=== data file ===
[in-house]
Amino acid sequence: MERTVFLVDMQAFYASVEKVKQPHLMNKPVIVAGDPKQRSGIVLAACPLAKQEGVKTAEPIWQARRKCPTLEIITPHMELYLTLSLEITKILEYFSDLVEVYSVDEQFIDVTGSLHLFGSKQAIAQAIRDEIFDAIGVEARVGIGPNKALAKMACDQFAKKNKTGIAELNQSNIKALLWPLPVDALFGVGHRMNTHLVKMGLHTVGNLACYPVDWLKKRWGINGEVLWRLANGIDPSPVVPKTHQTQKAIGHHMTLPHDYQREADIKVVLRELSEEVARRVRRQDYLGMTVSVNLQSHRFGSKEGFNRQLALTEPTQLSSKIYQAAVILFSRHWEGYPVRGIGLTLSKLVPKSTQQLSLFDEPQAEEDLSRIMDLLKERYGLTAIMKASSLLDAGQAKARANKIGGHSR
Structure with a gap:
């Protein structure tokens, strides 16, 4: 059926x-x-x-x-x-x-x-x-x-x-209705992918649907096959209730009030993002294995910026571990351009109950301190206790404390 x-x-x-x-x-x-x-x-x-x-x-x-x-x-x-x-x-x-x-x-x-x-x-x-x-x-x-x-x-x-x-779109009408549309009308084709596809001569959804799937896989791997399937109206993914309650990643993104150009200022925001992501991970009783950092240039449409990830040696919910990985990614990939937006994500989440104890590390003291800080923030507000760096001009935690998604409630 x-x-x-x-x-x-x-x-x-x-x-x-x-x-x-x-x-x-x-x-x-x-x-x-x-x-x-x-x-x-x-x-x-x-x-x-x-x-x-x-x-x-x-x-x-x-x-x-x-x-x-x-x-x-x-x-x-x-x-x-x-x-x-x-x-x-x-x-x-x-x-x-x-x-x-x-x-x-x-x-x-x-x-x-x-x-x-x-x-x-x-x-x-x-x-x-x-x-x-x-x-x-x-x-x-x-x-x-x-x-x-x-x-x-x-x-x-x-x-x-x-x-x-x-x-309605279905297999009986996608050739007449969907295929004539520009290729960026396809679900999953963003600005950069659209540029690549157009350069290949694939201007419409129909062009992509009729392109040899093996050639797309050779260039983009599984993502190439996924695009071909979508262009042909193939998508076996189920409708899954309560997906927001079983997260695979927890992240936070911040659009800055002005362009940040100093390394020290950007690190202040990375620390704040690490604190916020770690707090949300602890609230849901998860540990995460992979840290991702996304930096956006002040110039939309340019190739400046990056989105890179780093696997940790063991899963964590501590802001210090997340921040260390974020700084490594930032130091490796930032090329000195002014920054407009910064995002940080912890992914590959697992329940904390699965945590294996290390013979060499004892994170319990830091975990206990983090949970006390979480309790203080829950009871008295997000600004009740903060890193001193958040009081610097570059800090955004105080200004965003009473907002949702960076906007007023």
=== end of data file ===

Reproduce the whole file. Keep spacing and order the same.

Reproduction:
[in-house]
Amino acid sequence: MERTVFLVDMQAFYASVEKVKQPHLMNKPVIVAGDPKQRSGIVLAACPLAKQEGVKTAEPIWQARRKCPTLEIITPHMELYLTLSLEITKILEYFSDLVEVYSVDEQFIDVTGSLHLFGSKQAIAQAIRDEIFDAIGVEARVGIGPNKALAKMACDQFAKKNKTGIAELNQSNIKALLWPLPVDALFGVGHRMNTHLVKMGLHTVGNLACYPVDWLKKRWGINGEVLWRLANGIDPSPVVPKTHQTQKAIGHHMTLPHDYQREADIKVVLRELSEEVARRVRRQDYLGMTVSVNLQSHRFGSKEGFNRQLALTEPTQLSSKIYQAAVILFSRHWEGYPVRGIGLTLSKLVPKSTQQLSLFDEPQAEEDLSRIMDLLKERYGLTAIMKASSLLDAGQAKARANKIGGHSR
Structure with a gap:
């Protein structure tokens, strides 16, 4: 059926x-x-x-x-x-x-x-x-x-x-209705992918649907096959209730009030993002294995910026571990351009109950301190206790404390 x-x-x-x-x-x-x-x-x-x-x-x-x-x-x-x-x-x-x-x-x-x-x-x-x-x-x-x-x-x-x-779109009408549309009308084709596809001569959804799937896989791997399937109206993914309650990643993104150009200022925001992501991970009783950092240039449409990830040696919910990985990614990939937006994500989440104890590390003291800080923030507000760096001009935690998604409630 x-x-x-x-x-x-x-x-x-x-x-x-x-x-x-x-x-x-x-x-x-x-x-x-x-x-x-x-x-x-x-x-x-x-x-x-x-x-x-x-x-x-x-x-x-x-x-x-x-x-x-x-x-x-x-x-x-x-x-x-x-x-x-x-x-x-x-x-x-x-x-x-x-x-x-x-x-x-x-x-x-x-x-x-x-x-x-x-x-x-x-x-x-x-x-x-x-x-x-x-x-x-x-x-x-x-x-x-x-x-x-x-x-x-x-x-x-x-x-x-x-x-x-x-x-309605279905297999009986996608050739007449969907295929004539520009290729960026396809679900999953963003600005950069659209540029690549157009350069290949694939201007419409129909062009992509009729392109040899093996050639797309050779260039983009599984993502190439996924695009071909979508262009042909193939998508076996189920409708899954309560997906927001079983997260695979927890992240936070911040659009800055002005362009940040100093390394020290950007690190202040990375620390704040690490604190916020770690707090949300602890609230849901998860540990995460992979840290991702996304930096956006002040110039939309340019190739400046990056989105890179780093696997940790063991899963964590501590802001210090997340921040260390974020700084490594930032130091490796930032090329000195002014920054407009910064995002940080912890992914590959697992329940904390699965945590294996290390013979060499004892994170319990830091975990206990983090949970006390979480309790203080829950009871008295997000600004009740903060890193001193958040009081610097570059800090955004105080200004965003009473907002949702960076906007007023």